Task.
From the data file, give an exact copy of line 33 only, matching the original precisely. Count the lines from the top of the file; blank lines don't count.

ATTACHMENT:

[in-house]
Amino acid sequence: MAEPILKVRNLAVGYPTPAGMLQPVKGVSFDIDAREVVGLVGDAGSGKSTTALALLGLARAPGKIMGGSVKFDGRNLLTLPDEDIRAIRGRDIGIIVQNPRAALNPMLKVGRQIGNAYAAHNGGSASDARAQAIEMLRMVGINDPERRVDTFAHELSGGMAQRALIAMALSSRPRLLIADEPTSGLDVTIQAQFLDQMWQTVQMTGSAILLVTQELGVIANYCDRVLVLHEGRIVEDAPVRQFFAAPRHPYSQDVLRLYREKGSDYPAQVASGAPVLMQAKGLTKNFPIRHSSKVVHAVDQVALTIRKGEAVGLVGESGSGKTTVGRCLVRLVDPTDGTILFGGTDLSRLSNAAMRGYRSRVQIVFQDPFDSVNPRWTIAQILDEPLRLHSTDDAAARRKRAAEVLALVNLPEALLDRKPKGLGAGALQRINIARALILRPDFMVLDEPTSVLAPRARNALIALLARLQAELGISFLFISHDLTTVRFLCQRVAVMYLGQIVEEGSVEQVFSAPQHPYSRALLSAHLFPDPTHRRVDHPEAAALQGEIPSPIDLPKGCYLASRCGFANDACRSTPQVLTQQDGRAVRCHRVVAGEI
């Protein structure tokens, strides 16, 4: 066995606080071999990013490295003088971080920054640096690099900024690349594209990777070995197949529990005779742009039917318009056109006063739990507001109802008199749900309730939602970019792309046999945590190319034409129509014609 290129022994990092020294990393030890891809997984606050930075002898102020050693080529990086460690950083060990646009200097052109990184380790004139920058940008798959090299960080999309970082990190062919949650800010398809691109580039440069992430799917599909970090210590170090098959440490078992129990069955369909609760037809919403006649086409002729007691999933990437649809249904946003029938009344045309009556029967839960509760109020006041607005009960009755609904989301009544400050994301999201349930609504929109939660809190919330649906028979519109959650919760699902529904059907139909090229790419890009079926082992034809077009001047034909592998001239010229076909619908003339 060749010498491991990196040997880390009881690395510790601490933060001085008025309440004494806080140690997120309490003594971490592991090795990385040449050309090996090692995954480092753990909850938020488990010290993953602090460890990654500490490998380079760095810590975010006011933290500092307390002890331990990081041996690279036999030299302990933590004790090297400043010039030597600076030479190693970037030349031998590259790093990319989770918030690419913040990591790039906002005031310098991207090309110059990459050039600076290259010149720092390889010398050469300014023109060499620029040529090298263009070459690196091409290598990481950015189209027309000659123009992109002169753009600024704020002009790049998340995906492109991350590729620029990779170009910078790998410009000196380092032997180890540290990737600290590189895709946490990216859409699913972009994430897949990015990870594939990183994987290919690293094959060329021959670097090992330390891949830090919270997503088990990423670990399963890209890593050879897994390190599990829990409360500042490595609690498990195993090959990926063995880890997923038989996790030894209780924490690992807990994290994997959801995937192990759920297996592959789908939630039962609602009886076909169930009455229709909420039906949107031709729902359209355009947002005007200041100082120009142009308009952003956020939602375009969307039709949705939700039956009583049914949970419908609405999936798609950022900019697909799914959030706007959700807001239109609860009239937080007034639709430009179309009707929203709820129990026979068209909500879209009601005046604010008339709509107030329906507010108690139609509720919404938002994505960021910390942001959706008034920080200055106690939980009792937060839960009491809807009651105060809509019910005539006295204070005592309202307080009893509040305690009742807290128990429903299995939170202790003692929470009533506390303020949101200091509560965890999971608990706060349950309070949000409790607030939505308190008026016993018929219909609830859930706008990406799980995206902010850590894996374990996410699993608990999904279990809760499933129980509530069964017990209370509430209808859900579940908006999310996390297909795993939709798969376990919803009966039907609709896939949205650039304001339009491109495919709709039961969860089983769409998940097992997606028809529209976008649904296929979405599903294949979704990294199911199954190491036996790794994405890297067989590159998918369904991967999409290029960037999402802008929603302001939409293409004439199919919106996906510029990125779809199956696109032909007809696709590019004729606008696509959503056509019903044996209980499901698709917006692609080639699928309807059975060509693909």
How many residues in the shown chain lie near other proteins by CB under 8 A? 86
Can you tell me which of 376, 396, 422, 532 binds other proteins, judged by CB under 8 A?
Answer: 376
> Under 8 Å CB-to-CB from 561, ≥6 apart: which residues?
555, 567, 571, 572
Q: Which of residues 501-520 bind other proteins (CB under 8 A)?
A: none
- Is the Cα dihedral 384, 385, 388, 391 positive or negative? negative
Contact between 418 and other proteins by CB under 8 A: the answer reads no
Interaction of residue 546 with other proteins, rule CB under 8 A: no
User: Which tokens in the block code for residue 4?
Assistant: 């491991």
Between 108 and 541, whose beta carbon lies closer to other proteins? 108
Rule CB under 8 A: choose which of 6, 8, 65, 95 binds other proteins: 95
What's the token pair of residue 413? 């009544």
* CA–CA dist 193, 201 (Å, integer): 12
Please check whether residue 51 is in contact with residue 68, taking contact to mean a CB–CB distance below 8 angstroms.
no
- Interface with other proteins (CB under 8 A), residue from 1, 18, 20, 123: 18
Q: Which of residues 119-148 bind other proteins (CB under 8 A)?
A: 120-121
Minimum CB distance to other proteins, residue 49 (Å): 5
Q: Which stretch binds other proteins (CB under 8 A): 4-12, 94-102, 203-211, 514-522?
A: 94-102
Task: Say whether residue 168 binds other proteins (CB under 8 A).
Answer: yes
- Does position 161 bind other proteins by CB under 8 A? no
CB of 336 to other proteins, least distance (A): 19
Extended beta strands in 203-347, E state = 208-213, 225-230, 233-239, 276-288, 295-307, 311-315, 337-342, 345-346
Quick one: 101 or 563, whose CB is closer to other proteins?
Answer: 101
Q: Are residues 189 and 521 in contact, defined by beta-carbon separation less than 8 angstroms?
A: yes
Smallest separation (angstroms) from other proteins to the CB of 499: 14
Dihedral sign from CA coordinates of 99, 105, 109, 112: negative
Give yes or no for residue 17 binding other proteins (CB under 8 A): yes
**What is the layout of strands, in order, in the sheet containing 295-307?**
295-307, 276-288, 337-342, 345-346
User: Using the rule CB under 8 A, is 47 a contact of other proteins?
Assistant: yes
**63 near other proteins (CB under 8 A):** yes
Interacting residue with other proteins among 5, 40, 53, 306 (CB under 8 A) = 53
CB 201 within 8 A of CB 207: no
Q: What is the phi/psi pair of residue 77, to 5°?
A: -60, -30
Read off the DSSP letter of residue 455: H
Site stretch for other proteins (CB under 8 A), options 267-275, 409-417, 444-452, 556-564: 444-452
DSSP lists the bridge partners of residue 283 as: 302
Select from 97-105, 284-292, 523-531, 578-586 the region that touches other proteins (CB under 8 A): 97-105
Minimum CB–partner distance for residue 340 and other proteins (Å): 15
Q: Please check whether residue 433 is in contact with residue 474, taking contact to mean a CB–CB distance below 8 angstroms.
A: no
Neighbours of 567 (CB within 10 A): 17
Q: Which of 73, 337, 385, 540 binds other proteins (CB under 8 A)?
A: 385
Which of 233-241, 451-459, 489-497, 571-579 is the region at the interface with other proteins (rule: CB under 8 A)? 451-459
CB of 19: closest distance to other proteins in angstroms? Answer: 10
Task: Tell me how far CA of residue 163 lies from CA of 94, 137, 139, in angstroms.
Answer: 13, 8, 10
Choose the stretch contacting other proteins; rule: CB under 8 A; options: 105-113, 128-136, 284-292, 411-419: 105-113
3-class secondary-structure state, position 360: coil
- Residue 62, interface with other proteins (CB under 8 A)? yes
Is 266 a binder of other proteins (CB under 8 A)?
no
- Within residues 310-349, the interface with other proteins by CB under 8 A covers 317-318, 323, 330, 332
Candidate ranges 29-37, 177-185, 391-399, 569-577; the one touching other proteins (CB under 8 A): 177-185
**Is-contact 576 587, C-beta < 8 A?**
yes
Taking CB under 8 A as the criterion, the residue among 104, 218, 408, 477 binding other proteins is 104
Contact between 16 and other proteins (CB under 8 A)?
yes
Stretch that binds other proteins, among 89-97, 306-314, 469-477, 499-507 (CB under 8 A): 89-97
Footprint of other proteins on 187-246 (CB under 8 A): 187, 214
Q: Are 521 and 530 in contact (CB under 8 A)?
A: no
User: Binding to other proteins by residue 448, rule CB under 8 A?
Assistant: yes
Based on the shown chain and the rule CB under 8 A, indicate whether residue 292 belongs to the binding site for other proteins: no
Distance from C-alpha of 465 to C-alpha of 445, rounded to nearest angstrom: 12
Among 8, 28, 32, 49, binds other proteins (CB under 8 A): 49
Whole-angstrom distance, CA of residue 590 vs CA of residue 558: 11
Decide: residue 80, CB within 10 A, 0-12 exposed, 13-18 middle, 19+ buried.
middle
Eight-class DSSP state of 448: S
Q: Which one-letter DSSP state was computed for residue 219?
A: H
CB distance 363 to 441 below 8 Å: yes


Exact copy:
Quick one: 101 or 563, whose CB is closer to other proteins?